Race and Faith
Racism is, of course, nothing new. It seems that we human beings have a natural tendency to look for things that distinguish and separate us from one another.
The problem comes not in understanding legitimate differences that make for the wonder and variety of God’s creation, but when those differences lead us to believe that one is better, more worthy, more important than another. Sometimes we have even believed that God made us different to highlight the betterness of one over another. This is evil, and denies God work in creation and our common redemption in Jesus.
In our Sunday lessons, we are working through a good chunk of Paul’s letter to the church at Rome. A critical theme of that letter is that both Jews and Greeks are sinners in need of redemption in Jesus. (Click here to read Romans 3, the center of Paul’s argument on this issue.) Neither is superior. Neither is in a better position. Jews are not better for being children of the Covenant and Gentiles are no better for not carrying the baggage of the Mosiac law. We are all in the same position before God, we are all equally loved by God, and Jesus’ death accomplishes the same redemption for each.
This is a central truth to keep in mind as we walk this very difficult season in our national life. Whatever one may think of Confederate statues, any notion of white supremacy or white nationalism (and the related ideas that under-gird neo-nazism or other racist ideologies) is antithetical to Christian faith and always has been, even if the church has failed to live that out at some times and places.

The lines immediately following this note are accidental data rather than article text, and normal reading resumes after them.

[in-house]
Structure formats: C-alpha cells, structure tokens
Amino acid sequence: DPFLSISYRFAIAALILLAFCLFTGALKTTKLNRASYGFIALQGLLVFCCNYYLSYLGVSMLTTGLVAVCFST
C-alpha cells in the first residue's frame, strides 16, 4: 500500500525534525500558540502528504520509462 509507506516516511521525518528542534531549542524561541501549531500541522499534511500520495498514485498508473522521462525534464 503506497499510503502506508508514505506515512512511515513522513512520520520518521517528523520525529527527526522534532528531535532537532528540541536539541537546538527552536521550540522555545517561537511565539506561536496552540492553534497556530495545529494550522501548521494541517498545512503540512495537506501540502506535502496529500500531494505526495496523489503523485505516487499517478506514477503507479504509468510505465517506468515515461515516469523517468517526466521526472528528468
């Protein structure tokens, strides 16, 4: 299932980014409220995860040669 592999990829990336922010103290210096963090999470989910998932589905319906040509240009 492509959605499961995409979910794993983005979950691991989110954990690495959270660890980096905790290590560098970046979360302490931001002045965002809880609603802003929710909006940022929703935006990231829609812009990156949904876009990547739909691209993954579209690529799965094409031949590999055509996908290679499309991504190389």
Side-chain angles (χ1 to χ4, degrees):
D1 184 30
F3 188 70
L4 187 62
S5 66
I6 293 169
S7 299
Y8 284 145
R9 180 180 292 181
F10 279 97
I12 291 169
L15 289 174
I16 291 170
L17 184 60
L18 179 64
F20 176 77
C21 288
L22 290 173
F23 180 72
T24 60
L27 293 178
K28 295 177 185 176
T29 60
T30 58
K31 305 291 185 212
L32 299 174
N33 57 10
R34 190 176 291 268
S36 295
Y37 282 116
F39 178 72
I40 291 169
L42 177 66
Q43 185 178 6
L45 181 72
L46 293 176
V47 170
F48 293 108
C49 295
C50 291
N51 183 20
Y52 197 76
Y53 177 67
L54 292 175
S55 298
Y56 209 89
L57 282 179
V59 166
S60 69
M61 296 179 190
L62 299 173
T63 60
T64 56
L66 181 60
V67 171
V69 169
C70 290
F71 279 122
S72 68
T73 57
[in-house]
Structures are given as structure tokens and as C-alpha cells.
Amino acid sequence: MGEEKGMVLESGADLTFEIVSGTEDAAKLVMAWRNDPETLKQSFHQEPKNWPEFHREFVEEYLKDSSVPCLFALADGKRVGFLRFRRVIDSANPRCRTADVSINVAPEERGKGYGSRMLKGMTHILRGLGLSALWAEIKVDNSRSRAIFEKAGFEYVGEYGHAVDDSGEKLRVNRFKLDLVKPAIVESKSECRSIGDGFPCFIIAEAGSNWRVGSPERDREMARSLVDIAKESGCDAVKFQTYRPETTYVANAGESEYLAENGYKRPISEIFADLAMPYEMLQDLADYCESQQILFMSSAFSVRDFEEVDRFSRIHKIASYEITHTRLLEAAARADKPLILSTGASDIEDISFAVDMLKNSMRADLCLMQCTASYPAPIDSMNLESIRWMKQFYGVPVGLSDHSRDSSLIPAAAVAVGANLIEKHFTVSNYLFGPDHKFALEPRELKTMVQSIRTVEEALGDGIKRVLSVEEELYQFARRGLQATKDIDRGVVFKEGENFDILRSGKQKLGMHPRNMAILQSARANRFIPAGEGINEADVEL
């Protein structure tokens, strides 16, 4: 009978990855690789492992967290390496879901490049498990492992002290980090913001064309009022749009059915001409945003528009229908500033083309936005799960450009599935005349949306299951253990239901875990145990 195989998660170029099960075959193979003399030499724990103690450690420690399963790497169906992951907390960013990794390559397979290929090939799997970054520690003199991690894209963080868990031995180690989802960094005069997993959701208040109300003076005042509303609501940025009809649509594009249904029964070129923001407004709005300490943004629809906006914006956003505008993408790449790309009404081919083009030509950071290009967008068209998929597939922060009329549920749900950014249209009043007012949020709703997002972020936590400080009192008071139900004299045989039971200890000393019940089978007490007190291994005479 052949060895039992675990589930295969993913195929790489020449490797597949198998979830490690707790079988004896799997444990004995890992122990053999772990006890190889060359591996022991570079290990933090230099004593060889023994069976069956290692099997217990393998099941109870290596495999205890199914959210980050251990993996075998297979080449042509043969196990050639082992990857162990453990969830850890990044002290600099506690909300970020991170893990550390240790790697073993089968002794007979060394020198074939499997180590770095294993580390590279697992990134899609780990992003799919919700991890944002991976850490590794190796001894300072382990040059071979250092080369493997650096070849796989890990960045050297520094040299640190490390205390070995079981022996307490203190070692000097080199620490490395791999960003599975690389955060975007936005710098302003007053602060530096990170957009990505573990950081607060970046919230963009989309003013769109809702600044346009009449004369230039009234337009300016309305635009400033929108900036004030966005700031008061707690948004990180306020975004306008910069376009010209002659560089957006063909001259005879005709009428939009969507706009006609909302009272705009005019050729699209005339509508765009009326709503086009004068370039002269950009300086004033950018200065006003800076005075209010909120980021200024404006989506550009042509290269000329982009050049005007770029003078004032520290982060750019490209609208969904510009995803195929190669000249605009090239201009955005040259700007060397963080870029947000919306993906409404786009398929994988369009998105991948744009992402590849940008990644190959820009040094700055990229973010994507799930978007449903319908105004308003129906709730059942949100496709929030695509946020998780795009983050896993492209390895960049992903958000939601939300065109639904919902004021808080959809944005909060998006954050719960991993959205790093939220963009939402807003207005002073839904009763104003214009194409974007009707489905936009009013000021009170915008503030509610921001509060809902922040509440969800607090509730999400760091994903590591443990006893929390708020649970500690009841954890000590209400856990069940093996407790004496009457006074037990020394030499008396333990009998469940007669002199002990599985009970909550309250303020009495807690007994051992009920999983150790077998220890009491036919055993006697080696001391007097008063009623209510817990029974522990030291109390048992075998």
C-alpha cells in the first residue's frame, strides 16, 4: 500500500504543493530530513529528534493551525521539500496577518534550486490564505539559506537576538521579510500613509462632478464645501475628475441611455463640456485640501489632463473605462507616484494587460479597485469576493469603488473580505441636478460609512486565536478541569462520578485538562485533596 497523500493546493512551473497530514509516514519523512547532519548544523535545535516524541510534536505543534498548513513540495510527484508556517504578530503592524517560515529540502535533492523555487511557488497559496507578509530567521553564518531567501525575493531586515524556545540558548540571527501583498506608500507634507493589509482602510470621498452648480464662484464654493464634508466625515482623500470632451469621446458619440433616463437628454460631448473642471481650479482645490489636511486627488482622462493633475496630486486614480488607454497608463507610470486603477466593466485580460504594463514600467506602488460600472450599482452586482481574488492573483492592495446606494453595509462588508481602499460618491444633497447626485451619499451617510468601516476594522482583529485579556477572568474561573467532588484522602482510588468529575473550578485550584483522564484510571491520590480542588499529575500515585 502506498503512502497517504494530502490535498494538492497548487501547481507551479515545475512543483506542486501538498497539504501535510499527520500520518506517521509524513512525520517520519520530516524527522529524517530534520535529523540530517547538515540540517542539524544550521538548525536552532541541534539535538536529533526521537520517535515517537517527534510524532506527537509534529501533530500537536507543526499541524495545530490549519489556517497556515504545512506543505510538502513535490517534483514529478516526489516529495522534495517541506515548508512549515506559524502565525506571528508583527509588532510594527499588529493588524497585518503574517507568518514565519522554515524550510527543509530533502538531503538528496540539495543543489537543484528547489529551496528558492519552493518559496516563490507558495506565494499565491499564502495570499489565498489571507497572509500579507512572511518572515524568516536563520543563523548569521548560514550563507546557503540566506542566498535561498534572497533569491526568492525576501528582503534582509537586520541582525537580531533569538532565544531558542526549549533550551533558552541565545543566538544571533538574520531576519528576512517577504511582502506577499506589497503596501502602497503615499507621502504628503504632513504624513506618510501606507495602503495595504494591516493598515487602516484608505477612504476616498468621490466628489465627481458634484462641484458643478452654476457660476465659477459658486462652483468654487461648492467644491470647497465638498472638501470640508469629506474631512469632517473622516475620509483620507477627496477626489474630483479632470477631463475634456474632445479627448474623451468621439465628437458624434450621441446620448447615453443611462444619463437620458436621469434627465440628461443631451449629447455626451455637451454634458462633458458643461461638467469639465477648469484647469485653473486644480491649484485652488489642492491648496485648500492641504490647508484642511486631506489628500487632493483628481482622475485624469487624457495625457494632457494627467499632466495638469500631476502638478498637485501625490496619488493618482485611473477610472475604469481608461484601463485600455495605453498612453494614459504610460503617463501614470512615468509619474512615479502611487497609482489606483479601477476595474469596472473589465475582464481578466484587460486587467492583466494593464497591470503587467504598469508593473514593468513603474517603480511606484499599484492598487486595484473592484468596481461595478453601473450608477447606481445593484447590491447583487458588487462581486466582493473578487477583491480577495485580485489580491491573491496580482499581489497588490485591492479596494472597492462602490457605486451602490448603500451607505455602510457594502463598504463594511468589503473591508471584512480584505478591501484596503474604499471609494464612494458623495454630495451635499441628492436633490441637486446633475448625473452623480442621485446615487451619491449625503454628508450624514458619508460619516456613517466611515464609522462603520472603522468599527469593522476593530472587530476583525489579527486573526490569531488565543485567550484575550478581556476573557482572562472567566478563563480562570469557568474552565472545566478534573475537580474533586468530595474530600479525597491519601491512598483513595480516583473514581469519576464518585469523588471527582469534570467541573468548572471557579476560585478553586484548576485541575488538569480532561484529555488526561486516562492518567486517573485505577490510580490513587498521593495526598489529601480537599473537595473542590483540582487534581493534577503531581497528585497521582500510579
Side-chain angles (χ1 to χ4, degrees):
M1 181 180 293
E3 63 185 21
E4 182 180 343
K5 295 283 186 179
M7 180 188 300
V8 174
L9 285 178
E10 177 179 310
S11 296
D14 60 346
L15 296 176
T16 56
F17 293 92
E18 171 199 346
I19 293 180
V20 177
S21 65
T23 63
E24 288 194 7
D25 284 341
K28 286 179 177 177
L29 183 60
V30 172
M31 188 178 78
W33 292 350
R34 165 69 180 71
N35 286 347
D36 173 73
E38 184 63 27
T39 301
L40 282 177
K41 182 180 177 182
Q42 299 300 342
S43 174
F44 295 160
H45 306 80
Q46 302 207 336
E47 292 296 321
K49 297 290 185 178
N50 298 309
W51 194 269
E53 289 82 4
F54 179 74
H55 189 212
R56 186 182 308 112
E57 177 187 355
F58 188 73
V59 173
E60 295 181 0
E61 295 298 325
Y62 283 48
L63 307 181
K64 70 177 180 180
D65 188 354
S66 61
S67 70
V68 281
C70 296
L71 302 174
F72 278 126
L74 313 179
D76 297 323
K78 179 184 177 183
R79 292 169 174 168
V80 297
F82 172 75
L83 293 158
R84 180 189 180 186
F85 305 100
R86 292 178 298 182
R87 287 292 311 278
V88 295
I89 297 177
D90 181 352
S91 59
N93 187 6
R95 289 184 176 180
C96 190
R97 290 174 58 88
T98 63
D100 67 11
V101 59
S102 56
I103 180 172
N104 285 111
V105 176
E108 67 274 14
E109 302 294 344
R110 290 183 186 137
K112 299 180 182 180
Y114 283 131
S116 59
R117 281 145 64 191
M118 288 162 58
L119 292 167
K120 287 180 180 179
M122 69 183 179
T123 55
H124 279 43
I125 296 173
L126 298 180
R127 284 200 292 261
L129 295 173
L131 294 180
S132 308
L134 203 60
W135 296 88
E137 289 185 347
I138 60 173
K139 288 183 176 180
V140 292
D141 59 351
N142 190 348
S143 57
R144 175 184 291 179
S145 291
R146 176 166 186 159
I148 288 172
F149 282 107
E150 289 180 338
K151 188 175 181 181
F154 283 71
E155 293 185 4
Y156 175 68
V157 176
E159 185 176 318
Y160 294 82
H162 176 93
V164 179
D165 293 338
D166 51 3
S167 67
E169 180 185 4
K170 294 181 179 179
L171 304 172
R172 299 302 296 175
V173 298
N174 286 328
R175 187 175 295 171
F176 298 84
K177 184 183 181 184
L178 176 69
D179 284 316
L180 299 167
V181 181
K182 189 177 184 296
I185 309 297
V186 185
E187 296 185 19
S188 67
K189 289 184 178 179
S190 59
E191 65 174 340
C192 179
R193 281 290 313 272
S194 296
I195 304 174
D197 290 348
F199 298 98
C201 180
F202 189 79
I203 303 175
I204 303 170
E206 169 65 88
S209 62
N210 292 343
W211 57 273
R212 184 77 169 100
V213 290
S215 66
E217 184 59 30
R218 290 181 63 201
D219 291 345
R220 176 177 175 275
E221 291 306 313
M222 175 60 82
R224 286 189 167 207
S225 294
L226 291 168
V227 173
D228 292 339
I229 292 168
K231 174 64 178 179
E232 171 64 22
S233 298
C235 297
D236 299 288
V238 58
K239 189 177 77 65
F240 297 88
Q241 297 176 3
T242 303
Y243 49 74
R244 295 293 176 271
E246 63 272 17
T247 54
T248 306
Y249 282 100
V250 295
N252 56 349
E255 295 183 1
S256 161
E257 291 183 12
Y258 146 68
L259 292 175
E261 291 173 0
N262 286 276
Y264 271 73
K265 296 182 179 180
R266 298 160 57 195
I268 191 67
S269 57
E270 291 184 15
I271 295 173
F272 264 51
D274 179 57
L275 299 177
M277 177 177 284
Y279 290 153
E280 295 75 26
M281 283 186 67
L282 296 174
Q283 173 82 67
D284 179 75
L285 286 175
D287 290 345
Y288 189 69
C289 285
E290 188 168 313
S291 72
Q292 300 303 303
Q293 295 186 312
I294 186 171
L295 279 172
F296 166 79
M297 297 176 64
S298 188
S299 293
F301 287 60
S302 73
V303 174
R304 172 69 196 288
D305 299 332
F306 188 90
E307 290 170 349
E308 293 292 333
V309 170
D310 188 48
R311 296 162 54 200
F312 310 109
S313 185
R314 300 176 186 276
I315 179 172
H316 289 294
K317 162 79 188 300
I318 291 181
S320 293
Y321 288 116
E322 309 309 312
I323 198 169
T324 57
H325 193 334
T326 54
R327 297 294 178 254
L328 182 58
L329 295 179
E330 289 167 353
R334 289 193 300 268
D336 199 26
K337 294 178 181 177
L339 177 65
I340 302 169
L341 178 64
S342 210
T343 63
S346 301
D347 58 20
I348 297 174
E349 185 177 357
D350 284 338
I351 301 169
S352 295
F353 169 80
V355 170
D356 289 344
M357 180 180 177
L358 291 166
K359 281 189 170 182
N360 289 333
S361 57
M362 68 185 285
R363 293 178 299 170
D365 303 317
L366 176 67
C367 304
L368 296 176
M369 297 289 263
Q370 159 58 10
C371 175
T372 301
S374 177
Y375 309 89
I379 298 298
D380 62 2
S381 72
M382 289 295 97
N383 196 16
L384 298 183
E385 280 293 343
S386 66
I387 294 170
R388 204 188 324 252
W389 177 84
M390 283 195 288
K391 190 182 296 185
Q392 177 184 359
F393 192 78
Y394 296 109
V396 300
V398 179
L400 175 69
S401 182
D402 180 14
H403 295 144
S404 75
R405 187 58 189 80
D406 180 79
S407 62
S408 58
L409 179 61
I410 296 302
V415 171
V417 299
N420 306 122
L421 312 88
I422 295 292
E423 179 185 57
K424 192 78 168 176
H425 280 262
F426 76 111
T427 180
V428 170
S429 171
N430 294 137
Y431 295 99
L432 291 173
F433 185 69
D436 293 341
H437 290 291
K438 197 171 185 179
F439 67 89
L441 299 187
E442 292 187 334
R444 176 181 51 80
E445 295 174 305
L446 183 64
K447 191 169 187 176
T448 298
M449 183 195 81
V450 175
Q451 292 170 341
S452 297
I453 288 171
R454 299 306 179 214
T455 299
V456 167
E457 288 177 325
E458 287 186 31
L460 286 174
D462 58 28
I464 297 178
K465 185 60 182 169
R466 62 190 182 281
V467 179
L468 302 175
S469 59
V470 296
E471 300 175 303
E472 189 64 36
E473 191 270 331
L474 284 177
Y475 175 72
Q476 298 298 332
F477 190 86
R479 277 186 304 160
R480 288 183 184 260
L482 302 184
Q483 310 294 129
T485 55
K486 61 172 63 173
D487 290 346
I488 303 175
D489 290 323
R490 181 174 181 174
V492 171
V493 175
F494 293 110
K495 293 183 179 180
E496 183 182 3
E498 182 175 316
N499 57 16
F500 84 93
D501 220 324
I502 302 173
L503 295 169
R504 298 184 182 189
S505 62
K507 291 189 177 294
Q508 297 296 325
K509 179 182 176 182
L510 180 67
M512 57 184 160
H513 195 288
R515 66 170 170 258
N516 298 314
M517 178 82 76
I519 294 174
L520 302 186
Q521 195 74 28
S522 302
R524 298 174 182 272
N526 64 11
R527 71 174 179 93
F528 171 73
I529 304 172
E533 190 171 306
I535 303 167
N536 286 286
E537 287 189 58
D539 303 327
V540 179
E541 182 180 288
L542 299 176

If we are honest, I think we would all have to admit that there is a bit of racism in all of us. It may not always show, but in my experience, no one is immune and that includes those of races that are in the minority here in the US. I see it in myself, for example, when I hear on the news a story of some crime and a piece of me assumes that the person is African-American before I even see the suspect’s picture. It’s ugly and I don’t want it, but it is there.
Let’s pray that God would lead us to a place of true justice, and that He would begin in each one of us!
Fr. Eric Turner
Collect for the Eleventh Sunday after Pentecost
Almighty God, you have given your only Son to be for us a sacrifice for sin, and also an example of godly life: Give us grace to receive thankfully the fruits of his redeeming work, and to follow daily in the blessed steps of his most holy life; through Jesus Christ your Son our Lord, who lives and reigns with you and the Holy Spirit, one God, now and for ever. Amen.